A rousing, fun, singalong celebration of everything we love about the Manics.
It was summer 2003, and it’s safe to say I was in a pretty great mood. I’d finished the first year of my part-time Psychology Diploma and was now revelling in a freakishly hot summer in which all my time outside of work was free from studying and essay-writing. And on top of that, it was Manics time once again. Following their greatest hits album and tour six months previously, the Manics had now released “Lipstick Traces”, a collection of B-sides and rare tracks, and were off out on a series of festival shows and a signing at HMV.
So a week of Manics-themed festivities was upon me. The Monday before this gig I’d trekked to Oxford Street at the break of dawn, to procure a ticket for the following week’s signing at HMV. And then it was time for a jaunt to Manchester for this most celebratory of gigs. I was very much on a Manics high. From my diary:
‘I got to my hotel around one, and spent a happy and hyper few hours doing my nails, watching telly and stuff, trying to relax a bit but was too wound up, feeling actually quite dizzy and high but felt better after some crisps. Oh I got dressed up, khaki combats, tiny MSP disco tee, khaki shirt, explosion in a glitter factory etc and it was the most outrightly Maniccy I’ve ever looked and quite frankly, I looked fantastic. Militant glam. It’s the look for me.‘
And as I made my way to Old Trafford Cricket Ground, it became very clear that I was not the only one in Manchester that day who was drenched in the glam Manics spirit.
‘So I trammed it to Old Trafford, the cabin heaving with the boa and camo contingent. This was not so much a fest as one big Manics gig, and the crowd seethed with the faithful obsessives. It was a brilliant atmosphere.’
Once in the festival site, it was time to take my spot in the crowd. I’d been converted away from my usual Nicky-side position at my last Manics gig in Cardiff in December 2002, when I’d stood near James instead and had one of the best gigs of my life. But here in Manchester, I quickly reverted to my usual Nicky-worshipping habits.
‘After a brief wander of the cricket ground I made my way to the front Nicky-side! Ah well, old habits die hard. And Nicky was looking so goddamn gorgeous in the recent Glastonbury footage. I just couldn’t help myself really.’
Naturally, there were a few bands to get through before it was Manics Time. Luckily, they were all reasonably good. Teenage Fanclub were ‘sort of pleasantly dull‘ and Super Furry Animals were ‘still a great band‘. And then there were the Flaming Lips.
‘I saw them once before as a prelude to Mansun at Reading ’99. It has to be said, they were brilliant at getting the crowd going. What with their legions dressed up in animal suits bopping away, and chucking massive balloons and confetti into the crowd. The balloons got carried off by the wind very swiftly, and the confetti was just blown back into the band, but still, it was fun. Tunes weren’t bad either.‘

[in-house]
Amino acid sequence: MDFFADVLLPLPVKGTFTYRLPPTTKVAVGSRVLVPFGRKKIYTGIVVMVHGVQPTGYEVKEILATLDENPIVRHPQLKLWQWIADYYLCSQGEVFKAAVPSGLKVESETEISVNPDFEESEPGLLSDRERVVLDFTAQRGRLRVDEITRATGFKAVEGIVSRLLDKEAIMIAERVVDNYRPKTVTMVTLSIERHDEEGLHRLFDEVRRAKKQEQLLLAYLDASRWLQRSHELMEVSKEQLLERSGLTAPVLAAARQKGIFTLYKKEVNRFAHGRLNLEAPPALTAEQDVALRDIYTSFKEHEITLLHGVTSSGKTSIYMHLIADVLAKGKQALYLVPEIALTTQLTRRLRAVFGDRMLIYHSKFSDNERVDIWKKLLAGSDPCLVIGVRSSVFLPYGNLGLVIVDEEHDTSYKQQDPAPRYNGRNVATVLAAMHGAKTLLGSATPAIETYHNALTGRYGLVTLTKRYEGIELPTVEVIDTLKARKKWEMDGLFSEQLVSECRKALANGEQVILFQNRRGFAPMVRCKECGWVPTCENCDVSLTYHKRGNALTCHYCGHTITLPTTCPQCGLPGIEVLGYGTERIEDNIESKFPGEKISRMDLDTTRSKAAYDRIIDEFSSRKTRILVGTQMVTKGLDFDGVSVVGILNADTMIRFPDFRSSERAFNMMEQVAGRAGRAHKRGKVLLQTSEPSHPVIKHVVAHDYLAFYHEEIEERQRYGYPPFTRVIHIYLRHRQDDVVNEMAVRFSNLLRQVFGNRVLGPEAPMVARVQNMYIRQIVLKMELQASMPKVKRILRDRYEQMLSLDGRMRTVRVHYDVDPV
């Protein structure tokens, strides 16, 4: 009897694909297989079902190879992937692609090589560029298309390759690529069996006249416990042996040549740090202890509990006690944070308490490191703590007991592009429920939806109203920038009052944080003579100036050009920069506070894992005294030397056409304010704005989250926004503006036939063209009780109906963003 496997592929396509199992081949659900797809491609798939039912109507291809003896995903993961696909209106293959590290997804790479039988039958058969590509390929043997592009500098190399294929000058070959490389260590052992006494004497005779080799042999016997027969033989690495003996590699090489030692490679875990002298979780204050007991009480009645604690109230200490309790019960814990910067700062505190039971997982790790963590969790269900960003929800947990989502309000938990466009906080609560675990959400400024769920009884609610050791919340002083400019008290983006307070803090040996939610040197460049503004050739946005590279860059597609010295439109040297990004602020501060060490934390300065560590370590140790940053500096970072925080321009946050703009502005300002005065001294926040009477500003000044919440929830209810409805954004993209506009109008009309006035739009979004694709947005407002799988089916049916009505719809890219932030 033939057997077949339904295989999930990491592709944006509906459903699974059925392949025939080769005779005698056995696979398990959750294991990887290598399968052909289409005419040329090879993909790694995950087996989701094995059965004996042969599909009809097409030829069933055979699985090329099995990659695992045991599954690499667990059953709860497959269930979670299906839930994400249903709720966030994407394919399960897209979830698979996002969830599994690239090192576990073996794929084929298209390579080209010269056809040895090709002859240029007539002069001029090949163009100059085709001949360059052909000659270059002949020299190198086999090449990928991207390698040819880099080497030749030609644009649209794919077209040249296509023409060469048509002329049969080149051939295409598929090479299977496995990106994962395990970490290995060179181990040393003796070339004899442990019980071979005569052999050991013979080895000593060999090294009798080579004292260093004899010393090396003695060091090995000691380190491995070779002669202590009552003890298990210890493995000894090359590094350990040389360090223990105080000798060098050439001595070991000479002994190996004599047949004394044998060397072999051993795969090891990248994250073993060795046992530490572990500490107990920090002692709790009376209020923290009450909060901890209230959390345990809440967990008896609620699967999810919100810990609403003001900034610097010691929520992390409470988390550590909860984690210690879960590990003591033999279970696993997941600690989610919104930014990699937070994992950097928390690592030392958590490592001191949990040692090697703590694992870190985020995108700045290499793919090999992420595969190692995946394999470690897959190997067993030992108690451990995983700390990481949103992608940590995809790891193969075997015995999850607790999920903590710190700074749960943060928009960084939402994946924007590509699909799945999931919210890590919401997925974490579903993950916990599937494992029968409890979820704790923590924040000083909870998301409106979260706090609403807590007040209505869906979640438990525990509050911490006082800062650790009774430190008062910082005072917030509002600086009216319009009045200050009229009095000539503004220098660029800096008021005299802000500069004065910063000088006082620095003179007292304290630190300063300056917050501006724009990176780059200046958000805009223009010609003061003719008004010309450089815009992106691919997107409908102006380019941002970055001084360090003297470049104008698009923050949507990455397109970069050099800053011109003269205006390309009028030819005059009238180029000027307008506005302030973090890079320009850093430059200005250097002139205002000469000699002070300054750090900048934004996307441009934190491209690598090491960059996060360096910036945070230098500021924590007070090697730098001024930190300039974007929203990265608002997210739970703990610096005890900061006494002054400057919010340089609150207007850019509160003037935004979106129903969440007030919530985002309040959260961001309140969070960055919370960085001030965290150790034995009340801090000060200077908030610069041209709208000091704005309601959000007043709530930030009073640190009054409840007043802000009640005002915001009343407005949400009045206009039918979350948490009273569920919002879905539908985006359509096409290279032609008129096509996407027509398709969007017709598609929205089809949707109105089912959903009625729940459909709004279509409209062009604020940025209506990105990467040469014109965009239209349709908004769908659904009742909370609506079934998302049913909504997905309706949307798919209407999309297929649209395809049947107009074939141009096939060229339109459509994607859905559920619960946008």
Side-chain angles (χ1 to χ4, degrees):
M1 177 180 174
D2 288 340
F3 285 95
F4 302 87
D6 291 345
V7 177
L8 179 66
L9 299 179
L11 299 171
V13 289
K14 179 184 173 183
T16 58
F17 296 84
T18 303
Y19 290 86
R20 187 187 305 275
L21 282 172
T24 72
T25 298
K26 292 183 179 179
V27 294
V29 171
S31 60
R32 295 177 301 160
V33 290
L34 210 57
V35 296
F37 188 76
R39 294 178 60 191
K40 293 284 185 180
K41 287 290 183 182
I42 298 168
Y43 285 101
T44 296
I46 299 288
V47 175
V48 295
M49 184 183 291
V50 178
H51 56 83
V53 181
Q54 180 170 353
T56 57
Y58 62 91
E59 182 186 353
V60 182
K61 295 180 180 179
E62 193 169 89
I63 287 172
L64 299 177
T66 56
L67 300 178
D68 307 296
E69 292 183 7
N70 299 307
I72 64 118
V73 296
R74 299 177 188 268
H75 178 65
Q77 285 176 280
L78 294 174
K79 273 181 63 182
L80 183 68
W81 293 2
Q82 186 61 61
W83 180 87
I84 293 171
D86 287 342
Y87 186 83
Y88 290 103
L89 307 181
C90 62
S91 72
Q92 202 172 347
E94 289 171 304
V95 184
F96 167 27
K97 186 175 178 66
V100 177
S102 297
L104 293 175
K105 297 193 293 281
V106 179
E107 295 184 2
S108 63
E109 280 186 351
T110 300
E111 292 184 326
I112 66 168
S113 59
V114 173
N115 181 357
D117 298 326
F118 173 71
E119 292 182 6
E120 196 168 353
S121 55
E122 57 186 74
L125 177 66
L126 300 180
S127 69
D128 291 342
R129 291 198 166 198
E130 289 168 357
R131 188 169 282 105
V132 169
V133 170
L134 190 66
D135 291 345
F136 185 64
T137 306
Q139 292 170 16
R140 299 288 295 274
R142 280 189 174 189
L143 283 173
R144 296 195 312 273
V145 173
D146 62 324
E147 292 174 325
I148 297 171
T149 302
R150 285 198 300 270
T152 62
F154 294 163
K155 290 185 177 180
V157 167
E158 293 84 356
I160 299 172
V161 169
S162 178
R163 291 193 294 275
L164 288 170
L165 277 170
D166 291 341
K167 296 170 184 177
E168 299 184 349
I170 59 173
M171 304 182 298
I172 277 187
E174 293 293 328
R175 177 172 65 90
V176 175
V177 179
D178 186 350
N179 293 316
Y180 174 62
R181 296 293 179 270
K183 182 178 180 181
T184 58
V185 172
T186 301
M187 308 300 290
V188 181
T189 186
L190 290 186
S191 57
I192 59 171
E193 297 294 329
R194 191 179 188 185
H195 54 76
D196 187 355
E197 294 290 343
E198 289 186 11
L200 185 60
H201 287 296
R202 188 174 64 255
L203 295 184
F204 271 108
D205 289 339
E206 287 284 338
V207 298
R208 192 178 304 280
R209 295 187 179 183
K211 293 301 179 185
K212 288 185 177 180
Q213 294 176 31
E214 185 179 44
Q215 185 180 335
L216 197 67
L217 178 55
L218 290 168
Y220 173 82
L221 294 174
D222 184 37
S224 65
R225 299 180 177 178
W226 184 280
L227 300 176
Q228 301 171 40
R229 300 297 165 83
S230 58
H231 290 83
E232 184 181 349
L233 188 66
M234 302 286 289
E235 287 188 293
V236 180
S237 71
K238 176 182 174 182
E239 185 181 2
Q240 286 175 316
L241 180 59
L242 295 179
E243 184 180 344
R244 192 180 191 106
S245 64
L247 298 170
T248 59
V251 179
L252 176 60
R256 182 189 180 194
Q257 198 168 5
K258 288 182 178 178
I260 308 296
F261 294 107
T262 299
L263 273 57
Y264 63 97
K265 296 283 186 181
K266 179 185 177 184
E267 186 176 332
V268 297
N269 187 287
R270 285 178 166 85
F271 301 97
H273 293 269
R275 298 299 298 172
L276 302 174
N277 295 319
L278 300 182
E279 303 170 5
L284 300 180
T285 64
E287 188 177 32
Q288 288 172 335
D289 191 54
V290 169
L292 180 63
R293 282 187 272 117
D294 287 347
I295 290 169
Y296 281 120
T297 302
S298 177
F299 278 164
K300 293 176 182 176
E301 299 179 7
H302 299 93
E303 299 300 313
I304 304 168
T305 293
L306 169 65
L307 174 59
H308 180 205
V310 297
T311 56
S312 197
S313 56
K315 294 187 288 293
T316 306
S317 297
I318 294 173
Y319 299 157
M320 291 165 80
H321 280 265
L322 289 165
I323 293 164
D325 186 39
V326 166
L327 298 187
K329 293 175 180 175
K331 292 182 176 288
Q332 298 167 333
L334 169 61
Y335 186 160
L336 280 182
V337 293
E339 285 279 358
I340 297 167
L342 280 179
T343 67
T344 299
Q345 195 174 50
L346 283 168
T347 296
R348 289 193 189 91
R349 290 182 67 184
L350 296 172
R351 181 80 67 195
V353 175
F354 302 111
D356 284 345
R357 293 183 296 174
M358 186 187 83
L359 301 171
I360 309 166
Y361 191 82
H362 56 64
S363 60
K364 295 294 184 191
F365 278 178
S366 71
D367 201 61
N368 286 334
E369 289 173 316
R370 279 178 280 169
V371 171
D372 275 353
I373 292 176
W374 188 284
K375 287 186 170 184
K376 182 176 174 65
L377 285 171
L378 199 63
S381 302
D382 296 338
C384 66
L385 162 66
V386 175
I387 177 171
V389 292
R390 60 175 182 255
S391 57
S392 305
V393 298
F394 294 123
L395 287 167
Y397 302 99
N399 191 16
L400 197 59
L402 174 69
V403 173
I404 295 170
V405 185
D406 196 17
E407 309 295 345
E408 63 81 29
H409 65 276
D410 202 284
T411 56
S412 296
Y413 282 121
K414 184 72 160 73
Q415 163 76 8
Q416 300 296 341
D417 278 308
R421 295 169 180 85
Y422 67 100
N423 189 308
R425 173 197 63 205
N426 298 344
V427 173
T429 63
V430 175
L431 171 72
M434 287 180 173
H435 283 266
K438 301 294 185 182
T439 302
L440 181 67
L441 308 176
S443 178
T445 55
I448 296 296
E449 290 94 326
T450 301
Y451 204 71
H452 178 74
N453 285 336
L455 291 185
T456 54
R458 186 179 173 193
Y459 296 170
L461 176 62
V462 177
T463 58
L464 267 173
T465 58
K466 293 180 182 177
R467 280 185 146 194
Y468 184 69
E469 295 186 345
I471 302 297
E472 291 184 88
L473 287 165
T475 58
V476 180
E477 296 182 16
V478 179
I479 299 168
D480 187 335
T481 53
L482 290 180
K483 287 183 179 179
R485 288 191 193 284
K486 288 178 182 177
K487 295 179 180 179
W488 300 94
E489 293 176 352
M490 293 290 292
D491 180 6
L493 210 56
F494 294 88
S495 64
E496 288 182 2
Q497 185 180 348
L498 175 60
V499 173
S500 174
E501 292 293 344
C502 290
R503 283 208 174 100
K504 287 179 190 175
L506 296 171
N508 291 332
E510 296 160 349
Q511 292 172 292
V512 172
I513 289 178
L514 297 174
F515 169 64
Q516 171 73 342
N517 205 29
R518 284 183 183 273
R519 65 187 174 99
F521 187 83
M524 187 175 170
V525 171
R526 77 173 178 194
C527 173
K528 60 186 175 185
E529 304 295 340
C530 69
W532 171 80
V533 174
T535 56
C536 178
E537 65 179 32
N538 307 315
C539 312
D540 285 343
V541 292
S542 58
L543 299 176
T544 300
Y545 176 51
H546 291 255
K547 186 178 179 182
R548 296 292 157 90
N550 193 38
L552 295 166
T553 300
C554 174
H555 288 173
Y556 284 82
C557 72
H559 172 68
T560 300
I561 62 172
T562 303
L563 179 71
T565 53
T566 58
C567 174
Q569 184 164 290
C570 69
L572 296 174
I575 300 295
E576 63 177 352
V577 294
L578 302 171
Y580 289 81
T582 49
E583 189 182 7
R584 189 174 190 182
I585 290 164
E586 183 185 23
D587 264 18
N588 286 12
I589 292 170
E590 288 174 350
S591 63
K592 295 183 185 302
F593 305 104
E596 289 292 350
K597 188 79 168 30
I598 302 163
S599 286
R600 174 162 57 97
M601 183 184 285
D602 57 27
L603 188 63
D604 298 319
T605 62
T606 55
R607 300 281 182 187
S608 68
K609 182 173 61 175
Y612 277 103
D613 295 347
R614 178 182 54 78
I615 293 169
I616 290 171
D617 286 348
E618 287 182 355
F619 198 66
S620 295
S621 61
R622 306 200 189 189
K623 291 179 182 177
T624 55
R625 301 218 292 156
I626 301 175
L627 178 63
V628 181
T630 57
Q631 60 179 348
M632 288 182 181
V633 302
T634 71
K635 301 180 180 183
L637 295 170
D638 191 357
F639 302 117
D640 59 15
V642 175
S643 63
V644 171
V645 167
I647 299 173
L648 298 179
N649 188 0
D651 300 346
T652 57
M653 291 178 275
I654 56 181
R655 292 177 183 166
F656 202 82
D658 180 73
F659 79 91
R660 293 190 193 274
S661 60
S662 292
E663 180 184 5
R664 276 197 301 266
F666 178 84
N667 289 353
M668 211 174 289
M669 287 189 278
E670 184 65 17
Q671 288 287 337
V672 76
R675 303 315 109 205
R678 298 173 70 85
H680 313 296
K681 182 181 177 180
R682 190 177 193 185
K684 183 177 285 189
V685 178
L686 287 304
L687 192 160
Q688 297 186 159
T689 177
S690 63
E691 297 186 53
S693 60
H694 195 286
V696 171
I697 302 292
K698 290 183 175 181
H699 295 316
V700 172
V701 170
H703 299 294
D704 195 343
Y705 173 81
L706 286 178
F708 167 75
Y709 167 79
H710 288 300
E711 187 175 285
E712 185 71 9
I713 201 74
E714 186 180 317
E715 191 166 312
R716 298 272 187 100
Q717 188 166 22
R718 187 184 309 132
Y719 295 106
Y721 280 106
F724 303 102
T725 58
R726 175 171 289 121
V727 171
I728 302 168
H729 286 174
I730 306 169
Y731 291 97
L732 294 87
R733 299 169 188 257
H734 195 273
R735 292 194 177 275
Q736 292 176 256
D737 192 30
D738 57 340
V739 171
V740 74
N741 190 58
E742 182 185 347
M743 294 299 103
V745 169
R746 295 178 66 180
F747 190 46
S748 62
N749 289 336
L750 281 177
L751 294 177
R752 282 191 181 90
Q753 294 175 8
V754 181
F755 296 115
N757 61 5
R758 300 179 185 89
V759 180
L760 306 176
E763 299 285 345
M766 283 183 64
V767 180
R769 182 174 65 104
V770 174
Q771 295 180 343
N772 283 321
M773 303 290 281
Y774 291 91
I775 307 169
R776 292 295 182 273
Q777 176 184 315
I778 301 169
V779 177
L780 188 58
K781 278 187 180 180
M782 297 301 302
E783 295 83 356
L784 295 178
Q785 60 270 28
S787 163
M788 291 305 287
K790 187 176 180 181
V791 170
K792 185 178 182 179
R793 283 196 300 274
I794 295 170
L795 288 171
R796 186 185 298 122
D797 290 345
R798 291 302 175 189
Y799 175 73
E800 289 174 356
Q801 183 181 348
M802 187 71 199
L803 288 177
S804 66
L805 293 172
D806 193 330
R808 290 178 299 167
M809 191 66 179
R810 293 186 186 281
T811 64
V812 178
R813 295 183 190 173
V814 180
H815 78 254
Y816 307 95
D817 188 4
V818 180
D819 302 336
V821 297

On this unseasonably blustery day, the balloons weren’t the only thing to be carted off by the wind.
‘In this, the hottest summer since the legendary mid-70s, Manics day was a shivering anomaly. I would never have thought it would be possible to be so cold, down the front of a gig. Multi coloured feathers from the myriad boas on display broke free and swirled hopelessly about. My teeth didn’t stop chattering until the Manics came on and the gig burst into blazing life.’
It was not quite 9pm, and still full daylight, when the Manics’ set started. I’d managed to slide my way into a barrier spot during the support bands and I was ready to scream my lungs out for the boys. And so, it seemed, was everyone else in the crowd that evening.
‘Naysmith appeared and squalled a noisy chord on the keyboard – the Heavenly intro to “You Love Us”! A brilliant opening, the crowd redefining the term Up For It, it felt like a huge massive MSP singalong, the crowd drowning out James at times but I didn’t care ‘cos it was so much FUN! Which set the tone for the whole gig really. It may have lacked the emotional intensity of last December’s gigs, but as a joyous celebration of this band we love so much, it couldn’t be beaten.‘
Following this explosive opening, the second song was even more incredible. ‘Dedicated to Simon Price, it was only “Die In The Summertime”. My fave Holy Bible track, the one I thought they’d never play, but there they were, James singing “scratch my leg with a rusty nail…”, those dark, jarring chords ringing out. Truly fantastic.’